Psychology of Colours 101

Ever wondered why green is often associated with nature and red with danger? Colours may not have mouths but they speak very loudly. Sometimes, they speak in agreement with each other and other times, they have heated arguments. That is why some colour combinations are more appealing to the eyes than others. In this post, we will consider the hidden messages our colours speak so loudly so often. We will learn how to listen to them and how to work with them to yield the best results. 

Graphics design fundamentally incorporates the combination of texts, colours, shapes, lines and other elements to create visually captivating and engaging results. In our world, colours are indispensable in every visual presentation. Colours not only add beauty and contrast to arrangements, but they also communicate emotions and authority. The ability to combine colours sets artists apart. Appealing to the core of individuals requires the ability to attract, captivate and maintain the attention of viewers. This is eminent with a good understanding of what various colours represent.

Colours may not have mouths but they speak very loudly.


Tania Sánchez defined the psychology of colour as a study of colours and their influence on human behaviour. Human beings are influenced by various factors at various times. The psychology of colours explores how colours influence human beings and their decisions. Comprehensive coverage of the psychology of colours will require a lot of information that would require a lot of writing. We shall keep it simple, scratch the surface and set the tone for our journey into understanding colours.



The Primary Colors

Different colour classifications exist. One very fundamental rendition is that of primary, secondary and tertiary colours. The primary colours refer to those that cannot be derived from the mix of other colours. These are Red, Blue and Yellow (although many sources cite Cyan, Magenta and Yellow as the primary colours). Irrespective of which you decide to uphold, the rock bottom of the argument for primary colours is that they cannot be derived from the mix of other colours. Other colours, however, may be derived by mixing them in various proportions.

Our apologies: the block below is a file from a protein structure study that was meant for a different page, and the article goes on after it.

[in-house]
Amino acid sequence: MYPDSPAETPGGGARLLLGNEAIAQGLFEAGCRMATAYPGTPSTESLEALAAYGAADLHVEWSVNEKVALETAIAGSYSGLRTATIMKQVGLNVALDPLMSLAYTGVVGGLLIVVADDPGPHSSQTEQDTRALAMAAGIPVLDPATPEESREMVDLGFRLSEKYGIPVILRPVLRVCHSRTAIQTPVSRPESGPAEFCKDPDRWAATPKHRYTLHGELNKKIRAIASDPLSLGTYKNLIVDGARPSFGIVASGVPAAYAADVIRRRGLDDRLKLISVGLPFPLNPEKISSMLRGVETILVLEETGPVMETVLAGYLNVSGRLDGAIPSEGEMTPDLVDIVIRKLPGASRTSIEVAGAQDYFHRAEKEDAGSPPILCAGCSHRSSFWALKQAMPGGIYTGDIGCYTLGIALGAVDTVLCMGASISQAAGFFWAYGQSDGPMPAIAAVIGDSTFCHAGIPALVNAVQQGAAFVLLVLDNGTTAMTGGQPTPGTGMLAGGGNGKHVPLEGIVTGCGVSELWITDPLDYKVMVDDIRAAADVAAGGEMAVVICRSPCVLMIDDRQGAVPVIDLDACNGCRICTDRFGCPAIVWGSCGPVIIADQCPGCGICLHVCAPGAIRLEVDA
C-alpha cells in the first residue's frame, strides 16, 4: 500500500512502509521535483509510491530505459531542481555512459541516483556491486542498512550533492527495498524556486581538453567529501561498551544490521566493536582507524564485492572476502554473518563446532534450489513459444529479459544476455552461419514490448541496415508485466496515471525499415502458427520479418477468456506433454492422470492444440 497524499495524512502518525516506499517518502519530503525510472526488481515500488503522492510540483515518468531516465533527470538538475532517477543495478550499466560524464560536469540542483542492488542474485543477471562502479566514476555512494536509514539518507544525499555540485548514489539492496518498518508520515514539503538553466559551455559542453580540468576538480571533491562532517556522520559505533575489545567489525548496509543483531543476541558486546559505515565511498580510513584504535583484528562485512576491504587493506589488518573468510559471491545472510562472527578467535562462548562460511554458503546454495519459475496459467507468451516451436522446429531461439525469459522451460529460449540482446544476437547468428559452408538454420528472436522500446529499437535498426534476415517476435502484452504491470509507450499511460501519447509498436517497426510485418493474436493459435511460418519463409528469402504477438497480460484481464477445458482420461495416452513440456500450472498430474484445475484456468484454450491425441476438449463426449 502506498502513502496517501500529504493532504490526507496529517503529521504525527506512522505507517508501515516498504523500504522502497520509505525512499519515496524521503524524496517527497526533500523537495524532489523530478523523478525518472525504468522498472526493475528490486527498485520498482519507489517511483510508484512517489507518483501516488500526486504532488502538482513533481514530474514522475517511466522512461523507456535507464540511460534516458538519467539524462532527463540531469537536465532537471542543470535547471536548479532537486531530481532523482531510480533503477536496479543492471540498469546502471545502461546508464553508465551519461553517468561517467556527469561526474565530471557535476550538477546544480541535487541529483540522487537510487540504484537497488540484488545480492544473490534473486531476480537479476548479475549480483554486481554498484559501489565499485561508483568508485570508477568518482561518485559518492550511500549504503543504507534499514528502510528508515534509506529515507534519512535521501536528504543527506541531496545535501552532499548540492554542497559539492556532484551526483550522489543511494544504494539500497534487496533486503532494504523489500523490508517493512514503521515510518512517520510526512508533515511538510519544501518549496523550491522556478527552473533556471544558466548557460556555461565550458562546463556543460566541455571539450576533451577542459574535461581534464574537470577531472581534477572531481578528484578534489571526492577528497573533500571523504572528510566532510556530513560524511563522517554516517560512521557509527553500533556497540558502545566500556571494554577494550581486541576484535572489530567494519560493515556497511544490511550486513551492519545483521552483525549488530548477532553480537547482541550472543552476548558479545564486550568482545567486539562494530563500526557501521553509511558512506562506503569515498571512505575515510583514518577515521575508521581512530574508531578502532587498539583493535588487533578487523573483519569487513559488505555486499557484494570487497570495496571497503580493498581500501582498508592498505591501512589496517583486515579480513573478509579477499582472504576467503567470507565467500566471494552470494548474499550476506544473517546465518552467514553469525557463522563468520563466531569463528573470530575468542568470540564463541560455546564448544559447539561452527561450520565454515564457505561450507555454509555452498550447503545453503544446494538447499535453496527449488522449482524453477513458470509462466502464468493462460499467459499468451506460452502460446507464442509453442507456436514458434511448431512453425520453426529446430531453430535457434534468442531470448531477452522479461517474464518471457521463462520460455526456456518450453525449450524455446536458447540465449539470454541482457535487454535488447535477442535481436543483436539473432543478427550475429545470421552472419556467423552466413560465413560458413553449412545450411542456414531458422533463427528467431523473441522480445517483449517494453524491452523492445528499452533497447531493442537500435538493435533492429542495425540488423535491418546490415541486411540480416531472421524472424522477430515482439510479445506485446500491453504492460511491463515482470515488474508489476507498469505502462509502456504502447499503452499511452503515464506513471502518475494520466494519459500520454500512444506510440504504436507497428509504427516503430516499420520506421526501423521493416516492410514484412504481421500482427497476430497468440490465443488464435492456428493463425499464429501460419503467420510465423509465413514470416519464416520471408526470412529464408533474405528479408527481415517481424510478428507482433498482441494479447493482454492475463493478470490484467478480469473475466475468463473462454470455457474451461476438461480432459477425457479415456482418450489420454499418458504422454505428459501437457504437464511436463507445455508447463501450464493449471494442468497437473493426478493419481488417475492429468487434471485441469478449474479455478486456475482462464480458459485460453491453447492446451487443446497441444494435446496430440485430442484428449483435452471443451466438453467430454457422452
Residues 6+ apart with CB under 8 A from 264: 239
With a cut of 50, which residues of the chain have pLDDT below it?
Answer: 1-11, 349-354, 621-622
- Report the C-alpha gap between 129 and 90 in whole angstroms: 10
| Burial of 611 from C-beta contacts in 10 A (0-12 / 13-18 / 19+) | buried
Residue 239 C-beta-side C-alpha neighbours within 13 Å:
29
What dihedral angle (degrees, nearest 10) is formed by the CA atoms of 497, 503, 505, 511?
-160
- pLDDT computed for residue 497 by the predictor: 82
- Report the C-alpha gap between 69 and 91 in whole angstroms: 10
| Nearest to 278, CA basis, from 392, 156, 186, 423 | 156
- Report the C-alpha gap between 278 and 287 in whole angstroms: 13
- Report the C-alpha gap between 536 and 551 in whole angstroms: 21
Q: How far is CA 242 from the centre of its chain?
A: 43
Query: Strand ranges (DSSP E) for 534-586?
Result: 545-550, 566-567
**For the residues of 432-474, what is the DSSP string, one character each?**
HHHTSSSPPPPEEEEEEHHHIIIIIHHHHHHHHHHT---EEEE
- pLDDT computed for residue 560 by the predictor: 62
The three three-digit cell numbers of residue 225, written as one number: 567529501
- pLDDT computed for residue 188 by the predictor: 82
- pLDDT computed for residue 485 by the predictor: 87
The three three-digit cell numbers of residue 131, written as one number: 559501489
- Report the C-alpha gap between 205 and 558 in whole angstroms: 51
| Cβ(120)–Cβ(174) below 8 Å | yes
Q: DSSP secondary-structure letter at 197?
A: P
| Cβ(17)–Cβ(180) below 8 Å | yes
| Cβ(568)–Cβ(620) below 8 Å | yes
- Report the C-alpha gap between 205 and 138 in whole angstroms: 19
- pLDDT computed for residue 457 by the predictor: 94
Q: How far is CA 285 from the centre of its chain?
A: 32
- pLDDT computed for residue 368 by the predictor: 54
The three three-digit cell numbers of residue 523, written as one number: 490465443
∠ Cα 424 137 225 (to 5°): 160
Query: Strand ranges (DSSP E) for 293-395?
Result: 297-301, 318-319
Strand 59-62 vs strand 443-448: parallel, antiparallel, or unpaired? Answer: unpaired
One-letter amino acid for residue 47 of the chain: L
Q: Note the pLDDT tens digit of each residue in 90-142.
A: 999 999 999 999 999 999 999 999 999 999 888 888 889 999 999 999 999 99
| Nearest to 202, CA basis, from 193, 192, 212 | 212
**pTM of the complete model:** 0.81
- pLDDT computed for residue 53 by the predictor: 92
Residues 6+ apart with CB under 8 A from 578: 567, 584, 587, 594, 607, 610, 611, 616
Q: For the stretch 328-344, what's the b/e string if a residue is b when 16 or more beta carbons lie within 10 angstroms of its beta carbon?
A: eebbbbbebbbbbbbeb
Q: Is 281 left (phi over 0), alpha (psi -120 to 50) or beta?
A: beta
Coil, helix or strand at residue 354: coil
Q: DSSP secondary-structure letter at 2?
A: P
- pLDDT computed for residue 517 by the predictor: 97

Red is often associated with fire, violence, danger (traffic lights for instance), and sometimes with love, and importance (Red carpets for instance). The Devil and Cupid (the god of love) have been portrayed in association with red. Studies suggest that Red has physical effects on people, raises blood pressure, respiration rates and enhances human metabolism.

In design, red can be a powerful accent colour. Used too much, it can have an overwhelming effect. It portrays power in designs. It is a very versatile colour with different shades bringing different levels of power and elegance. Red is the colour of the blood in most animals and can be used in context to portray life.


Blue is generally used to represent calmness and responsibility. In some contexts, it may represent sadness. Light blues can be refreshing and friendly. Dark blues are more strong and more reliable. Blue is also associated with peace and has spiritual and religious connotations in many cultures.

The shade and hue generally affect the meaning associated with blue in designs. Light blues are often relaxed and calming. Bright blues can be energizing and refreshing. Dark blues, like navy, are excellent for corporate sites or designs where strength and reliability are important.


Yellow is a warm colour and is often considered the brightest. It is associated with happiness, sunshine, hope, and sometimes with danger, though not as strongly as red.

In your designs, yellow sometimes can depict happiness and cheerfulness. Softer yellows are commonly used as a gender-neutral colour. They give a calm feeling of happiness sometimes look antique and can be used in to create a sense of permanence is desired.


Subsequently, we shall explore the secondary and tertiary colours. We will also examine other colour classifications and the basic rules for combining colours to achieve excellent designs. Your journey to artistic mastery is will be made smoother by your deep understanding of colours and how to combine them. Nature is an excellent representation of colour combinations. Take the time to examine your immediate surroundings and explore the intricate colour combinations. You don’t know where the next inspiration will hit you.


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